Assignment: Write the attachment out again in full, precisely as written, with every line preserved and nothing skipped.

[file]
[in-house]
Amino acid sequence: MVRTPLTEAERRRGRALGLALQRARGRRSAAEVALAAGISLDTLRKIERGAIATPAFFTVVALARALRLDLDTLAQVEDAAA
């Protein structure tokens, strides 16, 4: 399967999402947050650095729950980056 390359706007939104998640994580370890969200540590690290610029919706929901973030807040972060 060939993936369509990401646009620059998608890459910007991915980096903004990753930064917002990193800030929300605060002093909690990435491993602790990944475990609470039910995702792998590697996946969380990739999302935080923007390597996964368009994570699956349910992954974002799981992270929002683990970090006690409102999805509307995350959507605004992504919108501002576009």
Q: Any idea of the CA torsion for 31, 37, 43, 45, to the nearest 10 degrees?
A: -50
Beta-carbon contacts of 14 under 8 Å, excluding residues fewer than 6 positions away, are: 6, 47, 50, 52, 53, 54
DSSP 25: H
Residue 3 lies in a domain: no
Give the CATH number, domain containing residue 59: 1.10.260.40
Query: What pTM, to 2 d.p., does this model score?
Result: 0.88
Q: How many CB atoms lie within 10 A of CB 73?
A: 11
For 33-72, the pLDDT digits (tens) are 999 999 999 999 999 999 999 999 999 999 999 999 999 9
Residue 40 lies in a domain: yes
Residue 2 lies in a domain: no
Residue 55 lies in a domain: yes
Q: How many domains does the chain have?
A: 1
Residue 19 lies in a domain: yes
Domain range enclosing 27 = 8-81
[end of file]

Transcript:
[in-house]
Amino acid sequence: MVRTPLTEAERRRGRALGLALQRARGRRSAAEVALAAGISLDTLRKIERGAIATPAFFTVVALARALRLDLDTLAQVEDAAA
């Protein structure tokens, strides 16, 4: 399967999402947050650095729950980056 390359706007939104998640994580370890969200540590690290610029919706929901973030807040972060 060939993936369509990401646009620059998608890459910007991915980096903004990753930064917002990193800030929300605060002093909690990435491993602790990944475990609470039910995702792998590697996946969380990739999302935080923007390597996964368009994570699956349910992954974002799981992270929002683990970090006690409102999805509307995350959507605004992504919108501002576009």
Q: Any idea of the CA torsion for 31, 37, 43, 45, to the nearest 10 degrees?
A: -50
Beta-carbon contacts of 14 under 8 Å, excluding residues fewer than 6 positions away, are: 6, 47, 50, 52, 53, 54
DSSP 25: H
Residue 3 lies in a domain: no
Give the CATH number, domain containing residue 59: 1.10.260.40
Query: What pTM, to 2 d.p., does this model score?
Result: 0.88
Q: How many CB atoms lie within 10 A of CB 73?
A: 11
For 33-72, the pLDDT digits (tens) are 999 999 999 999 999 999 999 999 999 999 999 999 999 9
Residue 40 lies in a domain: yes
Residue 2 lies in a domain: no
Residue 55 lies in a domain: yes
Q: How many domains does the chain have?
A: 1
Residue 19 lies in a domain: yes
Domain range enclosing 27 = 8-81